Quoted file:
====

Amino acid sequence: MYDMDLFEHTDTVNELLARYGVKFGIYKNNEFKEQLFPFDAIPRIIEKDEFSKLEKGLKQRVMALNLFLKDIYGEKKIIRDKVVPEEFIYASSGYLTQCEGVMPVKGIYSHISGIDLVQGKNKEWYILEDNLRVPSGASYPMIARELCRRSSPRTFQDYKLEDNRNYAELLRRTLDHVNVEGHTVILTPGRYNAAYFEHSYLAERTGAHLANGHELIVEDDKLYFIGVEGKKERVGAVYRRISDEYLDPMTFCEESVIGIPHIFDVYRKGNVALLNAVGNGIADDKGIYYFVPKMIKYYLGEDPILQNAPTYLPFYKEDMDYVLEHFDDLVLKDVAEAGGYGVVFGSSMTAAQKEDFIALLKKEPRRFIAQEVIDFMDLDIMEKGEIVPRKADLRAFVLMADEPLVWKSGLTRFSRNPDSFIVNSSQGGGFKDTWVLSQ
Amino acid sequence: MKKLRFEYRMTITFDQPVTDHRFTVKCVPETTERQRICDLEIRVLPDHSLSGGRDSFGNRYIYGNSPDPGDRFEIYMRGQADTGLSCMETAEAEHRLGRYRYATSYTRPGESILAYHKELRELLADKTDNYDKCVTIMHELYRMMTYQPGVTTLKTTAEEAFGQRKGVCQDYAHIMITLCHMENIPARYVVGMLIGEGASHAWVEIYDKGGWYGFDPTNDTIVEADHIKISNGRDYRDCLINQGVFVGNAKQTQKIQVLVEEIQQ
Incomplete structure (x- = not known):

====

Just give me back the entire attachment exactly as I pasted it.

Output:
Amino acid sequence: MYDMDLFEHTDTVNELLARYGVKFGIYKNNEFKEQLFPFDAIPRIIEKDEFSKLEKGLKQRVMALNLFLKDIYGEKKIIRDKVVPEEFIYASSGYLTQCEGVMPVKGIYSHISGIDLVQGKNKEWYILEDNLRVPSGASYPMIARELCRRSSPRTFQDYKLEDNRNYAELLRRTLDHVNVEGHTVILTPGRYNAAYFEHSYLAERTGAHLANGHELIVEDDKLYFIGVEGKKERVGAVYRRISDEYLDPMTFCEESVIGIPHIFDVYRKGNVALLNAVGNGIADDKGIYYFVPKMIKYYLGEDPILQNAPTYLPFYKEDMDYVLEHFDDLVLKDVAEAGGYGVVFGSSMTAAQKEDFIALLKKEPRRFIAQEVIDFMDLDIMEKGEIVPRKADLRAFVLMADEPLVWKSGLTRFSRNPDSFIVNSSQGGGFKDTWVLSQ
Amino acid sequence: MKKLRFEYRMTITFDQPVTDHRFTVKCVPETTERQRICDLEIRVLPDHSLSGGRDSFGNRYIYGNSPDPGDRFEIYMRGQADTGLSCMETAEAEHRLGRYRYATSYTRPGESILAYHKELRELLADKTDNYDKCVTIMHELYRMMTYQPGVTTLKTTAEEAFGQRKGVCQDYAHIMITLCHMENIPARYVVGMLIGEGASHAWVEIYDKGGWYGFDPTNDTIVEADHIKISNGRDYRDCLINQGVFVGNAKQTQKIQVLVEEIQQ
Incomplete structure (x- = not known):